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Review: Fever°, an RSS aggregator

I love reading, and I love keeping up on news. Because of this, I have been an avid fan of RSS technology, and specifically of Google Reader, for a long time. In fact, according to the Reader stats, I’ve gone through over 65,000 articles since I started using the product back in April of 2008. That’s a lot of great knowledge and information! Unfortunately, it has started to become a large source of information overload and a time sink. I felt this most acutely when I was working full-time at internships and keeping busy with my family in the evenings. It’s hard to scan several hundred article titles a day and read the ones that may be interesting, and it simply wasn’t working anymore.

Enter Fever°.

Fever Logo

Fever° is a web application written by the venerable Shaun Inman that acts sort of like an RSS reader, but takes it to the next level by sorting out which articles should actually be important to you, and bubbling only those to the top for consumption. The basic premise is that if a piece of news is important, several different websites will all link to the same original source, and the more sites that do so, the more important the news is. By only showing you what’s hot (and by critically leaving off unread counts) you can get down to what is truly interesting without having to wade through hundreds of articles yourself.

How has my experience been? In short, very good! Let me share a little anecdote that illustrates how pleasantly surprised I have been by Fever°.

After installing the PHP-based application on my server and setting it up with all my existing subscriptions via an OPML export, I categorized my “must reads” out from the “sparks” and it came back showing me seven or eight stories that it deemed important. Some of them indeed were, and I clicked through to read the articles they referenced. Every day for one week there were perhaps five or so interesting articles that Fever° separated out, and I often read them all. However, I was only spending about 15 minutes a day reading through these articles, whereas before cleaning out my Google Reader would occupy an hourish a day cumulatively. I began to feel that perhaps I was missing out on little gems that I would have otherwise caught, because maybe Fever° didn’t see a lot of other blogs linking to the same source. I got a little nervous, and decided I would revisit my week’s worth of unread Google Reader items and see what I was missing.

Unread count: 747 items. So I began trudging through. I’m pretty good at scanning headlines and skipping the fluff, but in the end, I had only selected out 8 articles to skim that I hadn’t seen come through Fever°, and only 2 of them were really something I might have been interested in! Only two articles in a whole week that I might have otherwise read, versus the several a day that Fever° picks out for me. All right! It was then that I realized just how well the product was working, and how much more efficient it had made my content discovery. Awesome!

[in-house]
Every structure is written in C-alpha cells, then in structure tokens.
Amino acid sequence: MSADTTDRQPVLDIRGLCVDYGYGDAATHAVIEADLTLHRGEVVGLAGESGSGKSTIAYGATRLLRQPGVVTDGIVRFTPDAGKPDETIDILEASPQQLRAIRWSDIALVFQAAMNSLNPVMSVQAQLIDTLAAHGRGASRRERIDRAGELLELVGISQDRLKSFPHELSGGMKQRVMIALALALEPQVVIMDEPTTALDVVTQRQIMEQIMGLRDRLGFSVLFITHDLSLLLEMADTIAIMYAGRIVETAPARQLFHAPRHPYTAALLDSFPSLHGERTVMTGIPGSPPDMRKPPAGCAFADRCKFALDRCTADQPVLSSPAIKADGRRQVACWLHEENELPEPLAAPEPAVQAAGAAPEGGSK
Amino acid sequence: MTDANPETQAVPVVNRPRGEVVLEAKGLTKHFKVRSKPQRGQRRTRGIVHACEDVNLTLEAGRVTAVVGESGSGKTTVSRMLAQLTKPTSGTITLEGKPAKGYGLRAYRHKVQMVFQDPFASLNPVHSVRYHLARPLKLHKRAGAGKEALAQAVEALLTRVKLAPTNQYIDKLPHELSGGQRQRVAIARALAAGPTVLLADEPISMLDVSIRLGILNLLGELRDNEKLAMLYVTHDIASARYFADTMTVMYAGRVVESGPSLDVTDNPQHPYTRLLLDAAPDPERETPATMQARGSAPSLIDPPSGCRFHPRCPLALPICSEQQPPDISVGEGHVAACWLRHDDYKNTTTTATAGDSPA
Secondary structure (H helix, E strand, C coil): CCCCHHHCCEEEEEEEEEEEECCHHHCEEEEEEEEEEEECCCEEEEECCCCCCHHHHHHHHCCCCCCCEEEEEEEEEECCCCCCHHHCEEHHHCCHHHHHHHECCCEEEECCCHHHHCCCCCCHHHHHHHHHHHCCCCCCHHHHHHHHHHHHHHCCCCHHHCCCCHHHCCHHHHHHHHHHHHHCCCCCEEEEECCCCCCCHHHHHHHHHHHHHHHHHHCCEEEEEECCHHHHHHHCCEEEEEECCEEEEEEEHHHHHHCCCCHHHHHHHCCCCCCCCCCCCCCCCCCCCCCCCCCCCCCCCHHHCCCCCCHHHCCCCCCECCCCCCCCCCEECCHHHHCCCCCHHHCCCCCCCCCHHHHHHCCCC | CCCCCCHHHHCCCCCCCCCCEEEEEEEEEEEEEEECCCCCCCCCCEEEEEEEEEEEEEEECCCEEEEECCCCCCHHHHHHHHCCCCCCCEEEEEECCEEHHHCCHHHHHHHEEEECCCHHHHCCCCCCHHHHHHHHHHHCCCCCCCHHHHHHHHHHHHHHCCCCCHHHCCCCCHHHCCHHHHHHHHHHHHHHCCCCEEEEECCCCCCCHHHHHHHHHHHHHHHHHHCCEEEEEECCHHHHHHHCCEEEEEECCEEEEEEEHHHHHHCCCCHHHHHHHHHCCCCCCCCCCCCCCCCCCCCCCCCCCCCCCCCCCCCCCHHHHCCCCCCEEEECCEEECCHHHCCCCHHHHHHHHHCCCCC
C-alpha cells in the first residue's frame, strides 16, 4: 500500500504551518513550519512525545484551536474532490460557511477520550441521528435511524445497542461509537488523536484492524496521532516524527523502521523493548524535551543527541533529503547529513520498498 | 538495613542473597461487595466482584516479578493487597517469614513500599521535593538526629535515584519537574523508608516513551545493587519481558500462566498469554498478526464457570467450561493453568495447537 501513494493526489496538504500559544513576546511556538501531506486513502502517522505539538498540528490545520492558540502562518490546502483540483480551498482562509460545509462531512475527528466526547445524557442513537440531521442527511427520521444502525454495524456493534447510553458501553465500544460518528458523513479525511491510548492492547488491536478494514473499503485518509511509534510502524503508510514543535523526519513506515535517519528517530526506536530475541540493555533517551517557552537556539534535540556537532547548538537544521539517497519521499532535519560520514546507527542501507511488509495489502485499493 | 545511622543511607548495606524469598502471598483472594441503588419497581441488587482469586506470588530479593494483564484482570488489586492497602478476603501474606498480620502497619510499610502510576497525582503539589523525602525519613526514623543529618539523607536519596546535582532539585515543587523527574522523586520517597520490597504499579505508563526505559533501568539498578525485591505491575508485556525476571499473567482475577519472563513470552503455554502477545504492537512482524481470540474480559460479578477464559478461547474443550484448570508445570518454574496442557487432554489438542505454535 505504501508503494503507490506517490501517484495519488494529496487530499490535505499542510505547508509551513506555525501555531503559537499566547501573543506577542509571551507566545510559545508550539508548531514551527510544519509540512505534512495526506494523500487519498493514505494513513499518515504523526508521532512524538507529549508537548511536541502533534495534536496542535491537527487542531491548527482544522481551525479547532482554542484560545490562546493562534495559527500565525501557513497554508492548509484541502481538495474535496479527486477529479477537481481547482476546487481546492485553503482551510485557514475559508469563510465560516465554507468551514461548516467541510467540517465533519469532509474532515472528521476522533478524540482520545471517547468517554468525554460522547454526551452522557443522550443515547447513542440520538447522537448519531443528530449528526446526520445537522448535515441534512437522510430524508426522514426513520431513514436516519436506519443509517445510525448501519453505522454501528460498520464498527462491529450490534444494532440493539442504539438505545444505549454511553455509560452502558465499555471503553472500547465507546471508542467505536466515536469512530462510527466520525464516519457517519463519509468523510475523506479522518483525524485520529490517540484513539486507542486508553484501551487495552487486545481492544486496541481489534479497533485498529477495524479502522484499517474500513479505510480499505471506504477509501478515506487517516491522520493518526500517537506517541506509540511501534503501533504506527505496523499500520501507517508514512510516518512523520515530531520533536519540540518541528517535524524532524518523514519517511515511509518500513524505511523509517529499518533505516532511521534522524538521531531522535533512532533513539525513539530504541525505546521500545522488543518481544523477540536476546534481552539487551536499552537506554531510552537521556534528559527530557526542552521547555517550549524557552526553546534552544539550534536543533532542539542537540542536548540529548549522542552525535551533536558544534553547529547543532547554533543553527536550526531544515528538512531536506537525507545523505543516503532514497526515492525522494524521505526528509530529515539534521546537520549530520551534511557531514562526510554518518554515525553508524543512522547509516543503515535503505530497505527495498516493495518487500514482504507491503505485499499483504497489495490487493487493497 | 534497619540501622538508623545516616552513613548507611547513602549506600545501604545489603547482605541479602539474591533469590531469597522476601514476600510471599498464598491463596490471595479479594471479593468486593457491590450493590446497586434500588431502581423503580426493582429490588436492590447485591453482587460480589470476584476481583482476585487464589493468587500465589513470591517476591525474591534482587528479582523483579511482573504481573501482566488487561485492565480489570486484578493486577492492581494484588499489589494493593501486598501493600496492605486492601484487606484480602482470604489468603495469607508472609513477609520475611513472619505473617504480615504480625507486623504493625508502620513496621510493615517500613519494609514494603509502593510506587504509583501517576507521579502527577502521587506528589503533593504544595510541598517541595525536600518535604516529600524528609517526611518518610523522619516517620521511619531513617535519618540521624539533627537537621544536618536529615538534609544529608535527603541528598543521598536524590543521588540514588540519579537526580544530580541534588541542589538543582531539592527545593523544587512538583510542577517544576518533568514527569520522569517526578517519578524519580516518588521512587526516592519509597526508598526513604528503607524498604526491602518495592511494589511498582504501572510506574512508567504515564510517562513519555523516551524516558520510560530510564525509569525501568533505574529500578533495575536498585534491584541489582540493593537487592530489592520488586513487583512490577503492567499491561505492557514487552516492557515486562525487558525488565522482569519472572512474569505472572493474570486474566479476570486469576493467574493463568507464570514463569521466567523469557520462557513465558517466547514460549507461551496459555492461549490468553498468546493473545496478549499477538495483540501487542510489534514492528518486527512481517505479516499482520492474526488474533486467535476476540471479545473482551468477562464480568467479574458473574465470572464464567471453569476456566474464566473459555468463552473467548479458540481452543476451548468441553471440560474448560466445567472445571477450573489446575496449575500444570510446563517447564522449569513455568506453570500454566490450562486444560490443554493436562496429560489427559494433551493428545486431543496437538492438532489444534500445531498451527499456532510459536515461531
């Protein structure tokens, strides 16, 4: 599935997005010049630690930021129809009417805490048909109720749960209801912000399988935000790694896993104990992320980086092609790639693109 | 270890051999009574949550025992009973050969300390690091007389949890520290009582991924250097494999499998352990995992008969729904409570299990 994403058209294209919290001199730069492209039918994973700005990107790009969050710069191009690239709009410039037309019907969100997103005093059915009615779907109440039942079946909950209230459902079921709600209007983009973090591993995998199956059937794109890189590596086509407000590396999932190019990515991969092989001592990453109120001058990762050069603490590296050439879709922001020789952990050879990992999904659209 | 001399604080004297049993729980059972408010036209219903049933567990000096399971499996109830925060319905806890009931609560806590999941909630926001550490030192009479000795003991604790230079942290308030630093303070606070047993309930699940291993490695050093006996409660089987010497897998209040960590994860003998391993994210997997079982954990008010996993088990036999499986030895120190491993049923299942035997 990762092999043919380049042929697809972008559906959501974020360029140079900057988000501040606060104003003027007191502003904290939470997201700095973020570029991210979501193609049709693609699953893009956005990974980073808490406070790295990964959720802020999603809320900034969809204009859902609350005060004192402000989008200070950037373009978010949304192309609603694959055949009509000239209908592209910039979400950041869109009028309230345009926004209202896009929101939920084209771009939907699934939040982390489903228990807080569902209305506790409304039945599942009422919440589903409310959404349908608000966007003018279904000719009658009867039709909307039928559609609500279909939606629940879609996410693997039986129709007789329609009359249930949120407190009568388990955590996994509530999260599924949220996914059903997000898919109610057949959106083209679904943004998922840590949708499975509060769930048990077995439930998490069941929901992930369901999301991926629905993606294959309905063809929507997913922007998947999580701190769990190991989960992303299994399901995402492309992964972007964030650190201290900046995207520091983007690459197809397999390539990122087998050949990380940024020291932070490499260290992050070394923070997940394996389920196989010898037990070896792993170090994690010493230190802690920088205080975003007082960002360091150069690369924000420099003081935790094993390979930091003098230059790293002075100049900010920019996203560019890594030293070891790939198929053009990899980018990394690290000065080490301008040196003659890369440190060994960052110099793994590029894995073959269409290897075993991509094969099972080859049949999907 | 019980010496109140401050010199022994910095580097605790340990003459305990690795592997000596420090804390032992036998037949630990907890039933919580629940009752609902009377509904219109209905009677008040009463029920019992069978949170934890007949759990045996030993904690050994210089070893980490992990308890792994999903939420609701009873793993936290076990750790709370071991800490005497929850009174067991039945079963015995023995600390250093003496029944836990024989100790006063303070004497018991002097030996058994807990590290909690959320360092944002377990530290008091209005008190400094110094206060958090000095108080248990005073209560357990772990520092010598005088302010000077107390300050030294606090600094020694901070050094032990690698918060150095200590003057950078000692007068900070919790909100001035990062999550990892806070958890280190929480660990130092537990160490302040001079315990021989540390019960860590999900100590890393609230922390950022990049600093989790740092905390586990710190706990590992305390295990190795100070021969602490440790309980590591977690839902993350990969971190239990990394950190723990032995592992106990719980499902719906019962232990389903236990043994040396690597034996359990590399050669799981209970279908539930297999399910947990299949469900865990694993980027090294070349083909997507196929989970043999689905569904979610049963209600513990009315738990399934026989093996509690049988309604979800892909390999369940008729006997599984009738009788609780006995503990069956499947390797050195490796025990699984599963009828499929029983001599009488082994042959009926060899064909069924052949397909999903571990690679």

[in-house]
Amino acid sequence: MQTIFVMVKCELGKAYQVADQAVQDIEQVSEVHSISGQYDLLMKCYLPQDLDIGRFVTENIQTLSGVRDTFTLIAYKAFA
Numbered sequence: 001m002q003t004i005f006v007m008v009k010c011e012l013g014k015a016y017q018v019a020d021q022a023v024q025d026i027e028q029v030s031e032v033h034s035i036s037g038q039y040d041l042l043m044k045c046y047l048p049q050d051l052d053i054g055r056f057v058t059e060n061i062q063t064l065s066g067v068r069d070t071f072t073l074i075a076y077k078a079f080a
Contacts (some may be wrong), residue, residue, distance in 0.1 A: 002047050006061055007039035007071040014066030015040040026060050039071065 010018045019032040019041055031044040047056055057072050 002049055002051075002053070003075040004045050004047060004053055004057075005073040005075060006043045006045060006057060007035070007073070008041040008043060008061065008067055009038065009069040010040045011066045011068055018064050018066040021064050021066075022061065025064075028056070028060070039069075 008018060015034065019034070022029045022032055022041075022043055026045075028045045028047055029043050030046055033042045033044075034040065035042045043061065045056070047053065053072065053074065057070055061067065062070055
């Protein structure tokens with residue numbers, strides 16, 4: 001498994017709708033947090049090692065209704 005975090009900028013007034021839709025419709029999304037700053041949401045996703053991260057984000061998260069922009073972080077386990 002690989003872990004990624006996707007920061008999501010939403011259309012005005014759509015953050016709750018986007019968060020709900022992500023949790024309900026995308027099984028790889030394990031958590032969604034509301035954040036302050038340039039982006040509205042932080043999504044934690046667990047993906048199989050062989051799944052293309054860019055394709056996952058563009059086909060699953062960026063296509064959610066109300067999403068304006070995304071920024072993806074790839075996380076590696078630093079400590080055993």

A screenshot of what my Fever window looks like right now
A screenshot of what my Fever window looks like right now


I still have a few adjustments to make to get used to Fever°, though in general it is a very well executed and designed program (not that you would expect less from Shaun). A few issues bother me that come to mind:

  • I occasionally get timeout issues when the cron script is running in the background to update feeds. The timeout limit has even been bumped up to an absurd 360 seconds, and the 500 errors still roll in sometimes. I assume this is because one or two feeds are just not responding and causing the blocking PHP script to hang (this would be a great use of a non-blocking component with something like Node.js or similar). A little niggle, but still kind of annoying to know that the refresh doesn’t complete from time to time. It would be great if Fever° would log slow queries for troubleshooting.
  • The algorithm for pulling titles is not perfect, and sometimes leads to poor results. For example, several blogs linked to a report about the iPhone 4S consuming lots of data because of Siri, but the links to that story in each post were one or two word links like “new study” or “a study.” Fever° put the title of that particular story as “new study.” Not exactly helpful, and happens more than I would like.
  • You can view posts using either an excerpt view or a full view. Excerpt view is nice because it keeps things compact, but sometimes the click areas to get the full view are a little confusing. Probably just need to get used to it.


Overall, I am very pleased with Fever°. It was a purchase I had been considering for a while, and with the time it has saved me already, it has paid for itself a couple times over (it costs $30). It only works as well as the feeds you supply it, but I’m happy to report that my information intake has been satisfied, and my time spent significantly reduced. If you haven’t already, check out its website and watch the demo video, you’ll learn a lot from it.

I am beginning a somewhat related information overload study this semester at school, which I will begin writing about tomorrow. Using Fever° has reinforced my belief that information overload can be dealt with, and the results will make your life better!

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